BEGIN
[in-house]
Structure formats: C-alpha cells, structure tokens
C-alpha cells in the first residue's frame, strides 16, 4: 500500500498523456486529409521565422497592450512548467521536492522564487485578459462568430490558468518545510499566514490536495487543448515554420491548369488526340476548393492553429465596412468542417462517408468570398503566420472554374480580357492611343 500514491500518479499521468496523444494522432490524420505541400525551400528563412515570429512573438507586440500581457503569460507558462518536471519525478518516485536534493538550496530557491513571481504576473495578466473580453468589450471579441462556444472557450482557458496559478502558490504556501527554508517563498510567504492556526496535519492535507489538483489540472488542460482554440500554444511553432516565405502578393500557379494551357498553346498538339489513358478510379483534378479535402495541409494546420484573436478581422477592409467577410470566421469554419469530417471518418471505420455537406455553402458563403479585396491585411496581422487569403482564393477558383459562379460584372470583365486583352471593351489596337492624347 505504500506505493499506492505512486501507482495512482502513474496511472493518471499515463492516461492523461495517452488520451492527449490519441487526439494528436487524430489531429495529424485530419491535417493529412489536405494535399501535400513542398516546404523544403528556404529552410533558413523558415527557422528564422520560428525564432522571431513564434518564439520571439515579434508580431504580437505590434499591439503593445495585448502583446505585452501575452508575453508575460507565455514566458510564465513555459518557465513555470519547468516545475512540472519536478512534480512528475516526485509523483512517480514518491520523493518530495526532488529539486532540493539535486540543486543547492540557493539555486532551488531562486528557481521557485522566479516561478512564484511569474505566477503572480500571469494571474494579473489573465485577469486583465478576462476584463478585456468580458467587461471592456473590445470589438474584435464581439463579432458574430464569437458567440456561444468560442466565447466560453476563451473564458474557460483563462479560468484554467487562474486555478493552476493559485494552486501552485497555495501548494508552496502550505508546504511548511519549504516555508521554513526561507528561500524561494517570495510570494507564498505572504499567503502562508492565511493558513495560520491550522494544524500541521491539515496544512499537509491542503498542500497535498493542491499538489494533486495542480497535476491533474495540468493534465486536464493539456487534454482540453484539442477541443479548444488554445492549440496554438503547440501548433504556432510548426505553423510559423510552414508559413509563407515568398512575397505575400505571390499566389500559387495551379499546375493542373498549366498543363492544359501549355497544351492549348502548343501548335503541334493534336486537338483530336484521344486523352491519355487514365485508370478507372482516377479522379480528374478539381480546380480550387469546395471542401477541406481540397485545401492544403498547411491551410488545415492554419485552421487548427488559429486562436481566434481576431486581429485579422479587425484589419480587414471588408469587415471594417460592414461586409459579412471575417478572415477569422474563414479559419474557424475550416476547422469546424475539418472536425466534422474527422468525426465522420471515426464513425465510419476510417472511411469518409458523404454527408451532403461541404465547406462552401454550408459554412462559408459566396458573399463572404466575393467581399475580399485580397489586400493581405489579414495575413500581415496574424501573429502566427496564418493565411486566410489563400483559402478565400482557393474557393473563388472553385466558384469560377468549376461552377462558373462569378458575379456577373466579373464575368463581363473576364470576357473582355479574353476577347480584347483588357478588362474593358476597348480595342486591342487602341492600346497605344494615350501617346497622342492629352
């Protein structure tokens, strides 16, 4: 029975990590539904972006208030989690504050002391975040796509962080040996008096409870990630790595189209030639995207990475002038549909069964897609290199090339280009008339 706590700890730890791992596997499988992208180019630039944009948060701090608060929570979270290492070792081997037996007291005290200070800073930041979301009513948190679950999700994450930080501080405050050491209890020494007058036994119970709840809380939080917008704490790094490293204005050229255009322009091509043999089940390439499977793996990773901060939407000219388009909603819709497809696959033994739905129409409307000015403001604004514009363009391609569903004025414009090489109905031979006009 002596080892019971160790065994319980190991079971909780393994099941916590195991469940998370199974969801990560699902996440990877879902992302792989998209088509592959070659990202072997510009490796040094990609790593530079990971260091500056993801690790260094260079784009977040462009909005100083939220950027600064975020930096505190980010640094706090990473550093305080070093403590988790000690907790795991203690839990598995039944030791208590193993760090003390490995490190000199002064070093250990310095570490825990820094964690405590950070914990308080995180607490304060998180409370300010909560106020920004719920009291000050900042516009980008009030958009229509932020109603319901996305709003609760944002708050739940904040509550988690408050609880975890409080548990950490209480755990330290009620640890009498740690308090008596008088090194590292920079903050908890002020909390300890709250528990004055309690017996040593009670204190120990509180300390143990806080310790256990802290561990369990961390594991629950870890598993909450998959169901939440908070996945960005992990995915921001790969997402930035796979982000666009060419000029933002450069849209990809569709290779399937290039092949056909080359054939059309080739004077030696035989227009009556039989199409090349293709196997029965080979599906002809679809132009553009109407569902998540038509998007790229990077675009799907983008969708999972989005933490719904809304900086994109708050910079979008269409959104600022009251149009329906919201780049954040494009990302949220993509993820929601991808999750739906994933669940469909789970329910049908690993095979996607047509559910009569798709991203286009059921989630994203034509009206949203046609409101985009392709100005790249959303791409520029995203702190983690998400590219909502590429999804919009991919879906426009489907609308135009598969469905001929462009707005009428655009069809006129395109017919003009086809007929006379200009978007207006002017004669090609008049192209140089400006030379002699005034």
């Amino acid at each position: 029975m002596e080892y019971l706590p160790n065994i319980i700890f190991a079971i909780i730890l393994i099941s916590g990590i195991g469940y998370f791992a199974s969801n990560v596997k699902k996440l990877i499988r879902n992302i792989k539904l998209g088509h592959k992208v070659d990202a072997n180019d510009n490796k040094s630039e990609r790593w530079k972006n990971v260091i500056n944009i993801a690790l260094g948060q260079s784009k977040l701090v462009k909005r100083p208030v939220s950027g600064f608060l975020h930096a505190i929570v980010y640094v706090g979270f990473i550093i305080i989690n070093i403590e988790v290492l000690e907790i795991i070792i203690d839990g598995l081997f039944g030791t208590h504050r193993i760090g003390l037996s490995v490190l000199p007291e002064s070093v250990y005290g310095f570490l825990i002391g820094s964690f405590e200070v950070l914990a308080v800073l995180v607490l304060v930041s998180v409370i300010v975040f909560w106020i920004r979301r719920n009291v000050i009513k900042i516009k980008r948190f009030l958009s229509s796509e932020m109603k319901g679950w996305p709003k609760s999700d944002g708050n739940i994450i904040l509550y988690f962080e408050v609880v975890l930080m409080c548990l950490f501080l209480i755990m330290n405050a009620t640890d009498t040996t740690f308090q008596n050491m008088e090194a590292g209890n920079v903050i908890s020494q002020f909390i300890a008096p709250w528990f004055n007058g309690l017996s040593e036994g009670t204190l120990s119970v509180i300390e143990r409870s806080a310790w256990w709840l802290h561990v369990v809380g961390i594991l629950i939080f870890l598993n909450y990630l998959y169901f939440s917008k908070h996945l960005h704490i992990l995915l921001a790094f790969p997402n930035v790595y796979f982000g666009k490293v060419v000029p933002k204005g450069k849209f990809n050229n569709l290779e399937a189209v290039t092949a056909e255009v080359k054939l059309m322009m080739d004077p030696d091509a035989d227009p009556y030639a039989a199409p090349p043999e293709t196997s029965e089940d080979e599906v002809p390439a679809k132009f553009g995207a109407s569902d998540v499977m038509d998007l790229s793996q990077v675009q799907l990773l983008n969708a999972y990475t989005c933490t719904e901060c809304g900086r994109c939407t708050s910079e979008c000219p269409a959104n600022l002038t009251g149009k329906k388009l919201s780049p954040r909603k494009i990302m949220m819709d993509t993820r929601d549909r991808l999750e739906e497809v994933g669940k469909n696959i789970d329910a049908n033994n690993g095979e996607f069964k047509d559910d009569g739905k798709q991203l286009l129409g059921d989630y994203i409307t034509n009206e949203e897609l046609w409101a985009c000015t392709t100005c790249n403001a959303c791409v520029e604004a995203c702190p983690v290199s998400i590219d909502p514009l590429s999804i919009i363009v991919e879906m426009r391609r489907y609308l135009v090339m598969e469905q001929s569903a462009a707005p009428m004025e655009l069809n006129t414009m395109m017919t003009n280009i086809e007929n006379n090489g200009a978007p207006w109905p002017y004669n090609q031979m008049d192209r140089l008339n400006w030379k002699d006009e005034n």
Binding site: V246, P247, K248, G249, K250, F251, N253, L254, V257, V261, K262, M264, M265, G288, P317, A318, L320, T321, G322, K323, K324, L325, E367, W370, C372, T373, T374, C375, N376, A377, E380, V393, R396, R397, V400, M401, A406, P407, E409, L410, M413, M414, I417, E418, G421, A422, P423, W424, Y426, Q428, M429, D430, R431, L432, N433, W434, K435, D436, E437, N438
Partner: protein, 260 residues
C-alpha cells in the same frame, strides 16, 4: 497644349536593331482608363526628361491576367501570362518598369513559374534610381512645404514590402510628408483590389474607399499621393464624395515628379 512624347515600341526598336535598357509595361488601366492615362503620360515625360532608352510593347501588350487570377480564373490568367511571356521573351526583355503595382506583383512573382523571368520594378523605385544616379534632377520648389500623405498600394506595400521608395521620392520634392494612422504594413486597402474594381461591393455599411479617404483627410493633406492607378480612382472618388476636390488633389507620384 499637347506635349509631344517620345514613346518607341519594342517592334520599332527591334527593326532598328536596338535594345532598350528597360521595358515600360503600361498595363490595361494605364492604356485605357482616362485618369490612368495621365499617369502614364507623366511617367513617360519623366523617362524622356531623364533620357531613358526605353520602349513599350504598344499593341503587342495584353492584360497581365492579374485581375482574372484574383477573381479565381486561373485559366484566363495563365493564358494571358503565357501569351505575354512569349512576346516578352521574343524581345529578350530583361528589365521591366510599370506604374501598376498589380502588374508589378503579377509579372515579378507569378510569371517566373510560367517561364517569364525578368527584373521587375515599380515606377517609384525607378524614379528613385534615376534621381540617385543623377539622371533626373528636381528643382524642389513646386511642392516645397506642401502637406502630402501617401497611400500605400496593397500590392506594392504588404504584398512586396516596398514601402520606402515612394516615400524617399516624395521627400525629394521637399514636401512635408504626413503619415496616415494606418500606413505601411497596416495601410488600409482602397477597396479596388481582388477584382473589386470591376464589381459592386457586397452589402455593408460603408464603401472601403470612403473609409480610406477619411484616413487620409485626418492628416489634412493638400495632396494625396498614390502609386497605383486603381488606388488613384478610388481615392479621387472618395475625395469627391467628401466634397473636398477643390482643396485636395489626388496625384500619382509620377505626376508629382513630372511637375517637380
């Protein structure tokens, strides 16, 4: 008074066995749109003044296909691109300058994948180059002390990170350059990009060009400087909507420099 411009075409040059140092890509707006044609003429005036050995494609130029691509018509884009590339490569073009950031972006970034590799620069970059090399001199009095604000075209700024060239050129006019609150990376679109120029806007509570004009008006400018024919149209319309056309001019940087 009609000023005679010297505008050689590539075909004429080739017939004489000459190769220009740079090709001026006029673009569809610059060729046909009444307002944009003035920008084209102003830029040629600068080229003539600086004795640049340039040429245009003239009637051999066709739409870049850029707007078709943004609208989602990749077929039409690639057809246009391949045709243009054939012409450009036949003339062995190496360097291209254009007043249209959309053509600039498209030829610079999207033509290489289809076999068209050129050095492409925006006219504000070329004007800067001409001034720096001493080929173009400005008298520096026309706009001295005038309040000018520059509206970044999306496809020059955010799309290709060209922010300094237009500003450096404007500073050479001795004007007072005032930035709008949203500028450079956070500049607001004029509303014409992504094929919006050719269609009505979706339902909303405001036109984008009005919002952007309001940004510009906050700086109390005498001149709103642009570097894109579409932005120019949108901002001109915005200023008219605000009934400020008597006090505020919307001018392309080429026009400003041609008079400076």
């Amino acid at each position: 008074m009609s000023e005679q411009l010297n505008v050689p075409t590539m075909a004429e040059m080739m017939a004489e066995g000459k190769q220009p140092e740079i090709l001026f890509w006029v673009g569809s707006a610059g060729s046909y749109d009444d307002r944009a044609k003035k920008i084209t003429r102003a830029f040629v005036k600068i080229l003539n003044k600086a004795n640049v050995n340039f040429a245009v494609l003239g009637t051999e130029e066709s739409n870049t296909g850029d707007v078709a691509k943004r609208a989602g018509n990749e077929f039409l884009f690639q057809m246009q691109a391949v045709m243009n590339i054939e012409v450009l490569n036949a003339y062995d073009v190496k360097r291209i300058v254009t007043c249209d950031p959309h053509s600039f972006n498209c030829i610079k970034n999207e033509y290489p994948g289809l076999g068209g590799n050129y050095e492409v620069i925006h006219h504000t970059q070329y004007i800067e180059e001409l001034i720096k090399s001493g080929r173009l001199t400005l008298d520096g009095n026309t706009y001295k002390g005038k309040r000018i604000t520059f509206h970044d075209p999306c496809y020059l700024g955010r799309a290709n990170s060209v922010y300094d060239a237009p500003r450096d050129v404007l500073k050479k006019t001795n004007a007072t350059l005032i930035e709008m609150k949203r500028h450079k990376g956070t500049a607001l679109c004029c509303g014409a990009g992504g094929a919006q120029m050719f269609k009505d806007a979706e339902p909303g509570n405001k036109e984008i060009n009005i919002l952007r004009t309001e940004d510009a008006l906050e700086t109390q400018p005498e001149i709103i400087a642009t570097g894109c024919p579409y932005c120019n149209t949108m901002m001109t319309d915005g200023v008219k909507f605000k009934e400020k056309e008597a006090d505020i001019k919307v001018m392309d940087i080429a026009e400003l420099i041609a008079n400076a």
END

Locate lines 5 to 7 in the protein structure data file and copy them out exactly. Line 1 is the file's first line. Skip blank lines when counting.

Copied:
């Amino acid at each position: 029975m002596e080892y019971l706590p160790n065994i319980i700890f190991a079971i909780i730890l393994i099941s916590g990590i195991g469940y998370f791992a199974s969801n990560v596997k699902k996440l990877i499988r879902n992302i792989k539904l998209g088509h592959k992208v070659d990202a072997n180019d510009n490796k040094s630039e990609r790593w530079k972006n990971v260091i500056n944009i993801a690790l260094g948060q260079s784009k977040l701090v462009k909005r100083p208030v939220s950027g600064f608060l975020h930096a505190i929570v980010y640094v706090g979270f990473i550093i305080i989690n070093i403590e988790v290492l000690e907790i795991i070792i203690d839990g598995l081997f039944g030791t208590h504050r193993i760090g003390l037996s490995v490190l000199p007291e002064s070093v250990y005290g310095f570490l825990i002391g820094s964690f405590e200070v950070l914990a308080v800073l995180v607490l304060v930041s998180v409370i300010v975040f909560w106020i920004r979301r719920n009291v000050i009513k900042i516009k980008r948190f009030l958009s229509s796509e932020m109603k319901g679950w996305p709003k609760s999700d944002g708050n739940i994450i904040l509550y988690f962080e408050v609880v975890l930080m409080c548990l950490f501080l209480i755990m330290n405050a009620t640890d009498t040996t740690f308090q008596n050491m008088e090194a590292g209890n920079v903050i908890s020494q002020f909390i300890a008096p709250w528990f004055n007058g309690l017996s040593e036994g009670t204190l120990s119970v509180i300390e143990r409870s806080a310790w256990w709840l802290h561990v369990v809380g961390i594991l629950i939080f870890l598993n909450y990630l998959y169901f939440s917008k908070h996945l960005h704490i992990l995915l921001a790094f790969p997402n930035v790595y796979f982000g666009k490293v060419v000029p933002k204005g450069k849209f990809n050229n569709l290779e399937a189209v290039t092949a056909e255009v080359k054939l059309m322009m080739d004077p030696d091509a035989d227009p009556y030639a039989a199409p090349p043999e293709t196997s029965e089940d080979e599906v002809p390439a679809k132009f553009g995207a109407s569902d998540v499977m038509d998007l790229s793996q990077v675009q799907l990773l983008n969708a999972y990475t989005c933490t719904e901060c809304g900086r994109c939407t708050s910079e979008c000219p269409a959104n600022l002038t009251g149009k329906k388009l919201s780049p954040r909603k494009i990302m949220m819709d993509t993820r929601d549909r991808l999750e739906e497809v994933g669940k469909n696959i789970d329910a049908n033994n690993g095979e996607f069964k047509d559910d009569g739905k798709q991203l286009l129409g059921d989630y994203i409307t034509n009206e949203e897609l046609w409101a985009c000015t392709t100005c790249n403001a959303c791409v520029e604004a995203c702190p983690v290199s998400i590219d909502p514009l590429s999804i919009i363009v991919e879906m426009r391609r489907y609308l135009v090339m598969e469905q001929s569903a462009a707005p009428m004025e655009l069809n006129t414009m395109m017919t003009n280009i086809e007929n006379n090489g200009a978007p207006w109905p002017y004669n090609q031979m008049d192209r140089l008339n400006w030379k002699d006009e005034n």
Binding site: V246, P247, K248, G249, K250, F251, N253, L254, V257, V261, K262, M264, M265, G288, P317, A318, L320, T321, G322, K323, K324, L325, E367, W370, C372, T373, T374, C375, N376, A377, E380, V393, R396, R397, V400, M401, A406, P407, E409, L410, M413, M414, I417, E418, G421, A422, P423, W424, Y426, Q428, M429, D430, R431, L432, N433, W434, K435, D436, E437, N438
Partner: protein, 260 residues